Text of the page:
Not a single major candidate has signed up to take taxpayer-supported matching funds for his presidential campaign this year, signaling the death of the system that had controlled campaigns since the Watergate era.
Iowa’s caucuses are already in the books and New Hampshire’s primary looms on Tuesday, but out of the 324 people who had filed statements of candidacy with the Federal Election Commission as of this weekend, only one, Buddy Roemer, has requested funding.
“It used to be that only second-tier candidates accepted matching funds. Now not even they are doing so,” said Michael E. Toner, a former FEC chairman.
The taxpayer-funded system was implemented in 1976 with the hope of controlling money in politics. It is divided into two parts: During the primaries, candidates can apply for matching funds, and then each major party’s nominee can apply for a pot of money to spend during the general election campaign.
Both systems come with spending limits, which gradually began to chase candidates out of the system as they realized they could raise and spend more on their own.
Even as late as 2008, eight candidates took matching money in the primary. They included John Edwards, a Democrat who collected $12.9 million, Joseph R. Biden, a Democrat who received $2 million, and Tom Tancredo, a Republican who received $2.1 million.
Sen. John McCain, the GOP’s 2008 presidential nominee, took the $84.1 million in general election money, though Democratic candidate Barack Obama became the first major-party nominee to reject the public campaign funds, breaking a primary campaign promise.
Blaming Mr. Obama, House Republicans voted last year to abolish the system, though their bill stalled in the Democrat-controlled Senate.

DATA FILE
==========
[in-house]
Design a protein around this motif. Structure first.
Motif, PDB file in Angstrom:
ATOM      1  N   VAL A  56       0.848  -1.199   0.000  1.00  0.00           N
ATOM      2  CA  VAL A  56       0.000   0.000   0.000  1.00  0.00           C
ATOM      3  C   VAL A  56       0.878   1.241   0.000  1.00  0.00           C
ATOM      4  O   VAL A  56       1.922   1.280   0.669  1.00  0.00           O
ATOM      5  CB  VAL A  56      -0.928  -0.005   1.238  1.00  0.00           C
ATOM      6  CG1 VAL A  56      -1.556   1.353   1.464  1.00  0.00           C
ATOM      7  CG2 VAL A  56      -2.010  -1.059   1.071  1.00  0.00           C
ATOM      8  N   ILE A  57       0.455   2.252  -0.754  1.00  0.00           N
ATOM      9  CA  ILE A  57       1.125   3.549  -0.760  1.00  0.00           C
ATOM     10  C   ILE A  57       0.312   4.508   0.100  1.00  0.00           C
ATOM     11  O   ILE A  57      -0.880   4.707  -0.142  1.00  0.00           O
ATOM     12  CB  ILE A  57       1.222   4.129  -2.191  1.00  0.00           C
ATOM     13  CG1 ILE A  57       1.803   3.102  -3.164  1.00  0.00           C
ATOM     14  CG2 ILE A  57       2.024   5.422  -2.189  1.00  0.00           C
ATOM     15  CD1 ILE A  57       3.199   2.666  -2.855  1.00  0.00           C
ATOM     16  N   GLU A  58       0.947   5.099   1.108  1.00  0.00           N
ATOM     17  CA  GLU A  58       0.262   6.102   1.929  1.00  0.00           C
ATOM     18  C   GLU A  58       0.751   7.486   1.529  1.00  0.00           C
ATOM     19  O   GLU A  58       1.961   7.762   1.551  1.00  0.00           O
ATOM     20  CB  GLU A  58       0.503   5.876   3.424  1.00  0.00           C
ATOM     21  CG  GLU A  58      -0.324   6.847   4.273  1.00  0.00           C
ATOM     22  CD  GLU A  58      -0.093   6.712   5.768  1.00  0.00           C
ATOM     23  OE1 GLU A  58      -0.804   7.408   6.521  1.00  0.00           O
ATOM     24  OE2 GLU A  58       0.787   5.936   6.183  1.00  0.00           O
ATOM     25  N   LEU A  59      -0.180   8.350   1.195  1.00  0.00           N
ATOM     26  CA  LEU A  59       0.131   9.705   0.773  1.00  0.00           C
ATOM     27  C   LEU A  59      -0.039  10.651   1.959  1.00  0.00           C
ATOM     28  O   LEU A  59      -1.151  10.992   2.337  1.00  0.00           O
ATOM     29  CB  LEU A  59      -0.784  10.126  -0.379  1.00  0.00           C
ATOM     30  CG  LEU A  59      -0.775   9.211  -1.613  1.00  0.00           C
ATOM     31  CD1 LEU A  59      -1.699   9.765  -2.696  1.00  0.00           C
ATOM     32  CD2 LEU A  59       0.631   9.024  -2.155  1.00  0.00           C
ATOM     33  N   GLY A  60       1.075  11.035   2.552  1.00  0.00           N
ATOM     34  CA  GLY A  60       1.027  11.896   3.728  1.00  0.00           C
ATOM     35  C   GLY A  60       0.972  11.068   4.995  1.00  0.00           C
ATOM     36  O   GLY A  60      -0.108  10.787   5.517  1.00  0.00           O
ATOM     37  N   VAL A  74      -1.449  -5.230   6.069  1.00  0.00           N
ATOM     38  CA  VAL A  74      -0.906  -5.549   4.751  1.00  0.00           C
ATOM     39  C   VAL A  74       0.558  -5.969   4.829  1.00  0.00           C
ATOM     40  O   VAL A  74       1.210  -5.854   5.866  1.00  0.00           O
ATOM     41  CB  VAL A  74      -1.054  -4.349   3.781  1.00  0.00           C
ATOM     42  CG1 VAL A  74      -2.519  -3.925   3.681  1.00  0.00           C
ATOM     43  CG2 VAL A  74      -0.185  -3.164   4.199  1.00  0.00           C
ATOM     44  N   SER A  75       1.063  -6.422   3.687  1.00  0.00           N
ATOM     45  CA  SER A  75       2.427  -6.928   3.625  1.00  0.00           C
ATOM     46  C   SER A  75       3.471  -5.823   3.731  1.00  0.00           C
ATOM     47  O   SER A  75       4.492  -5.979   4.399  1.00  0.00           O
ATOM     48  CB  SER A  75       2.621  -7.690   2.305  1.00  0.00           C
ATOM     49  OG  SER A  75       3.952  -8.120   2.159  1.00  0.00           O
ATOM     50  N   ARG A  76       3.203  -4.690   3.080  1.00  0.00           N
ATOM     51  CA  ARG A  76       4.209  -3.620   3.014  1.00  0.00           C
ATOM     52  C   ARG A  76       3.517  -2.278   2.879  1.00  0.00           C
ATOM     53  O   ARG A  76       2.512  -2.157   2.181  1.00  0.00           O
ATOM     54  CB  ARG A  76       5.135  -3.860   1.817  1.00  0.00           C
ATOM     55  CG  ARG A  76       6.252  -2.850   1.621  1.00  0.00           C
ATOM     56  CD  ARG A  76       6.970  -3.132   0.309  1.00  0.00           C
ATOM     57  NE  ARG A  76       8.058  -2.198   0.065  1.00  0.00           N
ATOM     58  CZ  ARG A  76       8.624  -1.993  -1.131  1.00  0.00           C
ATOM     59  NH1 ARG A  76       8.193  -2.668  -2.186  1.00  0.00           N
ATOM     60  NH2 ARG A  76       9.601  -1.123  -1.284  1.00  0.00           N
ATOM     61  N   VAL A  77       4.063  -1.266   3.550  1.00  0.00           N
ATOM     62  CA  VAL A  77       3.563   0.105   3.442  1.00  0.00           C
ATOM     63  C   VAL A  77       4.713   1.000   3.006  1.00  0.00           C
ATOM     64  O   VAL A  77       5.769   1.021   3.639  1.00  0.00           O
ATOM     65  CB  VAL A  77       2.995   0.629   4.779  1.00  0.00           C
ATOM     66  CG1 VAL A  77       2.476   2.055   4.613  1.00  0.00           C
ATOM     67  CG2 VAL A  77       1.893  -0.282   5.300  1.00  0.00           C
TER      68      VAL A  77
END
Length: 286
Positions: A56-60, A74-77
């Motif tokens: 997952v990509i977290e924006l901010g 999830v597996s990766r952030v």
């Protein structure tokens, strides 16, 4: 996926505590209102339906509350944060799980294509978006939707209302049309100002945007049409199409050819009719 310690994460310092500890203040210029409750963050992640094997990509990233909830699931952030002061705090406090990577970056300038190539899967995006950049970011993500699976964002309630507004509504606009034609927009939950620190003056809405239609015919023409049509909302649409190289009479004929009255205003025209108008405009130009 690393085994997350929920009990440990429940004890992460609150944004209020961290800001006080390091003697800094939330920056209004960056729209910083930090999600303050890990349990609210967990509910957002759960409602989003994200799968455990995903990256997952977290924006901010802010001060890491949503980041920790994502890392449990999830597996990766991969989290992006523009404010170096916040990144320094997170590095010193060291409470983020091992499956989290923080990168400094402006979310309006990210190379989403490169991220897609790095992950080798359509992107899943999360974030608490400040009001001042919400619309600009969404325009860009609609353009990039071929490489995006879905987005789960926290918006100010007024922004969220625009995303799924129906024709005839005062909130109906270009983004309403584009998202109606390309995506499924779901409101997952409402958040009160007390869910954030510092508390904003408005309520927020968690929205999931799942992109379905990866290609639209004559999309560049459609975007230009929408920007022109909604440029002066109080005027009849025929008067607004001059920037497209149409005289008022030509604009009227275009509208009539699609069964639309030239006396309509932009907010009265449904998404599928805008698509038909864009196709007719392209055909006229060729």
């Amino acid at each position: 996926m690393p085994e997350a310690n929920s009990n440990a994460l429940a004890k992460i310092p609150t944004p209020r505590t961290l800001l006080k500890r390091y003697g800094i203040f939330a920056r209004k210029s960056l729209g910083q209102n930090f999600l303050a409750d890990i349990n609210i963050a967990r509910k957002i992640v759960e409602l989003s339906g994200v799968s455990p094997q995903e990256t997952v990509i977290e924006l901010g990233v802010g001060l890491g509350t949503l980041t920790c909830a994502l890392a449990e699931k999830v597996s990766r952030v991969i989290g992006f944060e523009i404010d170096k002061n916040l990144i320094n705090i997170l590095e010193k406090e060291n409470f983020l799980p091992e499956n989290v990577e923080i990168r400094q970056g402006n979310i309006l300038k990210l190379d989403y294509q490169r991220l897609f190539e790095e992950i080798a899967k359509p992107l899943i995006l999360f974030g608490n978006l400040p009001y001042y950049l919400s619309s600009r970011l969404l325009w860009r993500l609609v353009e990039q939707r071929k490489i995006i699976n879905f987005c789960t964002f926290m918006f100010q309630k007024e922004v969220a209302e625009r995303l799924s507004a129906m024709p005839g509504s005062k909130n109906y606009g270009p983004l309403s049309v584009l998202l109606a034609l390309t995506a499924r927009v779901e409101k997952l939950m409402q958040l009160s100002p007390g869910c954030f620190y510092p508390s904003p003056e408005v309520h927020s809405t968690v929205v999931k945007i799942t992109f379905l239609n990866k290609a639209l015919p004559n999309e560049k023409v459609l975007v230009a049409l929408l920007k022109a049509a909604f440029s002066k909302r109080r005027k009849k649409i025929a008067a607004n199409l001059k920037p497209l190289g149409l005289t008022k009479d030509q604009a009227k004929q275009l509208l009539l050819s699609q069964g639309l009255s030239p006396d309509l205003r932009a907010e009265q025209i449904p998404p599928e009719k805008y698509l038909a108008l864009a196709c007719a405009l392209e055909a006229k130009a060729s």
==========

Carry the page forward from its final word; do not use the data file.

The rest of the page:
President Obama said he opposed abolishing the system, but has never introduced his own reform package.
Fred Wertheimer, founder of Democracy 21, which advocates an overhaul of campaign finance rules, said the system hasn’t kept up with the times. Every presidential nominee from 1976 through 2004 used the public funds for the general election, and most primary candidates regularly took matching funds up through 2004.
Mr. Wertheimer said this year’s campaign will expose how broken the system has become and will add to pressure for updating the dollar amounts involved.
“The system will not be used in this election because it’s out of sync with the modern cost of campaigns,” he said. “What’s going on in the current presidential election is going to make an overwhelming case for the fact that this system, which worked well for most of its existence, should be updated.”
This year, several lesser-funded candidates could have gone for public financing, but none has chosen to.
That includes former Sen. Rick Santorum, who through Sept. 30 had raised just $1.3 million, and heading into the Iowa caucuses last week told supporters that his end-of-year fundraising report was going to be “embarrassing.”